Nevada rancher and miner shares his story of why he believes in conserving working lands in Nevada’s Oasis Valley
A new video by the Western Landowners Alliance features a rancher in Nevada, and showcases how conserving working lands benefits wildlife and local communities.
“My grandfather taught us to make sure that everything you do is going to be productive, whether it’s baling hay or milking a cow,” says David Spicer.
Spicer’s family has always known that conservation is productive, too. Today, Spicer is a leader in improving habitat for fish and frogs, birds and mammals through a variety of Farm Bill-funded sustainable ranching practices.
“The Farm Bill enabled us to move forward in many ways,” he says. “It takes a lot of help and money to make these things happen.”
Over 230 species of birds show up in the Oasis Valley each year. Spicer’s conservation practices have restored springs, wetlands, and riparian areas in one of the driest regions in the United States. This has opened up migratory pathways for birds and other wildlife that rely on wet habitats.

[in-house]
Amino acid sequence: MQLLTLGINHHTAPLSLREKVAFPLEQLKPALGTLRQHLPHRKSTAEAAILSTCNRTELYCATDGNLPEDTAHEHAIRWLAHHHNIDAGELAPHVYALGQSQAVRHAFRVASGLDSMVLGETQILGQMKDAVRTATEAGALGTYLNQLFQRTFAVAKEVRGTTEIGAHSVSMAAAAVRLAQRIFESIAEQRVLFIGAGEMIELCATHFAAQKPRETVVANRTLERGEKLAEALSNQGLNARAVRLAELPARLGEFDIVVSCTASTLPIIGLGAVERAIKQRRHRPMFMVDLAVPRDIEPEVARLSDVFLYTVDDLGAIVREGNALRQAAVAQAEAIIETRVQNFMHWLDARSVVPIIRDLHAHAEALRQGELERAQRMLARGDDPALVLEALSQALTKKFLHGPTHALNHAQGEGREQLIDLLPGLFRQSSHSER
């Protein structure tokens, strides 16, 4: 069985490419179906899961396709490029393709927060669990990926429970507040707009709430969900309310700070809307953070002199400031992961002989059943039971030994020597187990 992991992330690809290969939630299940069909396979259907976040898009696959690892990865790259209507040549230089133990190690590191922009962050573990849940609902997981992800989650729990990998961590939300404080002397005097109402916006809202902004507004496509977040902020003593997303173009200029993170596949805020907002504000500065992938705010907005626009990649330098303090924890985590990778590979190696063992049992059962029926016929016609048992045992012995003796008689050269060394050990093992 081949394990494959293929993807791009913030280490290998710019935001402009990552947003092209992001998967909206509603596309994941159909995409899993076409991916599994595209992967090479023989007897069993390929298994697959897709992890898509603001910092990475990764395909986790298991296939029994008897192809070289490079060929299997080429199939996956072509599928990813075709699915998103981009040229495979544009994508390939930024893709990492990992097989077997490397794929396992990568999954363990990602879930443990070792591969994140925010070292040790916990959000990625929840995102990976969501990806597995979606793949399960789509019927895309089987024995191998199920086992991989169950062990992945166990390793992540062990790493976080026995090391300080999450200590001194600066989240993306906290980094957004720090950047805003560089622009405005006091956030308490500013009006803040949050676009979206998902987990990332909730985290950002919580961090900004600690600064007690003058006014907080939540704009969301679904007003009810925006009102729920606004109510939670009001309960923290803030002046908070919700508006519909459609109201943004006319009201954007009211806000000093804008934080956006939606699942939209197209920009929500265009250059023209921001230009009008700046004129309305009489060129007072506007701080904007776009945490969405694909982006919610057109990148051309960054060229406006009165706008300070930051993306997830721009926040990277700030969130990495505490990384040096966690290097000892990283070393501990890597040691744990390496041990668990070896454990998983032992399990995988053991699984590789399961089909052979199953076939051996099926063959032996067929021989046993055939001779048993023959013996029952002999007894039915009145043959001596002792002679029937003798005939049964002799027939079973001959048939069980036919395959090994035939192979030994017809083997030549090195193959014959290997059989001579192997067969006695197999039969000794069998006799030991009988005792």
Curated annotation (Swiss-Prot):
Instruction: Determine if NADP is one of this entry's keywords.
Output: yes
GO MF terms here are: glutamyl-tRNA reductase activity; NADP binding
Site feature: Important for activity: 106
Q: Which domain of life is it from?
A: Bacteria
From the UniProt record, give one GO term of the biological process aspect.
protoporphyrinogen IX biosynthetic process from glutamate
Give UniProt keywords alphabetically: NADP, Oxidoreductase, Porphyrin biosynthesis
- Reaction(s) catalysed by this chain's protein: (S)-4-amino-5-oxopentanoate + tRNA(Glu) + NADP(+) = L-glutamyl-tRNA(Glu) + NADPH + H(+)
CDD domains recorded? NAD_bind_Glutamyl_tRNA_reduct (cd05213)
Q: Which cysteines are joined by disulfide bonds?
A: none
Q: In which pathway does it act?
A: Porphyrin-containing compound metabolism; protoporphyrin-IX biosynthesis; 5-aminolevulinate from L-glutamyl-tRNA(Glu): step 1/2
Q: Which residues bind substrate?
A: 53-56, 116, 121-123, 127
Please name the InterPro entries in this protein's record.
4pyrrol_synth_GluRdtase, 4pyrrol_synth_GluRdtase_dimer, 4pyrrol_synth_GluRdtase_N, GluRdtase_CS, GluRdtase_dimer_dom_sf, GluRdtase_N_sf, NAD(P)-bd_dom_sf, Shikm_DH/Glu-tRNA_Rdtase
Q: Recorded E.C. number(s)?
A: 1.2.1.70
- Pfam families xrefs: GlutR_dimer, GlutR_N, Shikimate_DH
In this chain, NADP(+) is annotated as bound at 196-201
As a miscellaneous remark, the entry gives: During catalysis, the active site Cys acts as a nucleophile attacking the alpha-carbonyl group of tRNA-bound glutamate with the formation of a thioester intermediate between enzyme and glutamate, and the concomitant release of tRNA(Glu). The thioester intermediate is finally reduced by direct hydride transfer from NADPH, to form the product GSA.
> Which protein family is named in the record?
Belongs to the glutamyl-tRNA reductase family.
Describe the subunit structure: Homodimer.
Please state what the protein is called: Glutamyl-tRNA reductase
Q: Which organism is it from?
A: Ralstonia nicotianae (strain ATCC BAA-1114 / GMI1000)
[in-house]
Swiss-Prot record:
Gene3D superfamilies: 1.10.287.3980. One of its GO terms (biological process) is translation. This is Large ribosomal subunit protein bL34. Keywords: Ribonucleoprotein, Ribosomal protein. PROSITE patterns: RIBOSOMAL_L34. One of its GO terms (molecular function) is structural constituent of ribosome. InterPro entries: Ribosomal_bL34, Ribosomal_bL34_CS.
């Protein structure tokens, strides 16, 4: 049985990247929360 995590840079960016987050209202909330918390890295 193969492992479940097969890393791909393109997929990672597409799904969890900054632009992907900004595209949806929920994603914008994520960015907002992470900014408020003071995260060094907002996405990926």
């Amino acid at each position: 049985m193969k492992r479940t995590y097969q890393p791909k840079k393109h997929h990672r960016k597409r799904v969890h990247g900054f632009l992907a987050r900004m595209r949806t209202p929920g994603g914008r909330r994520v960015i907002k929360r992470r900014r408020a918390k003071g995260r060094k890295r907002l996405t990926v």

Spicer’s success has convinced neighbors to also try out conservation programs that boost their agricultural operations and wildlife populations.
“All that we do on this farm and this ranch and this valley isn’t just affecting our needs, but all of the needs of the animals and other species that exist here,” explains Spicer.
In addition, Spicer and his neighbors believe in “conservation through recreation.” Recreation users bring more money into the community, which he says “gives us economic viability.”
Watch this video to hear more about working lands conservation in the Oasis Valley: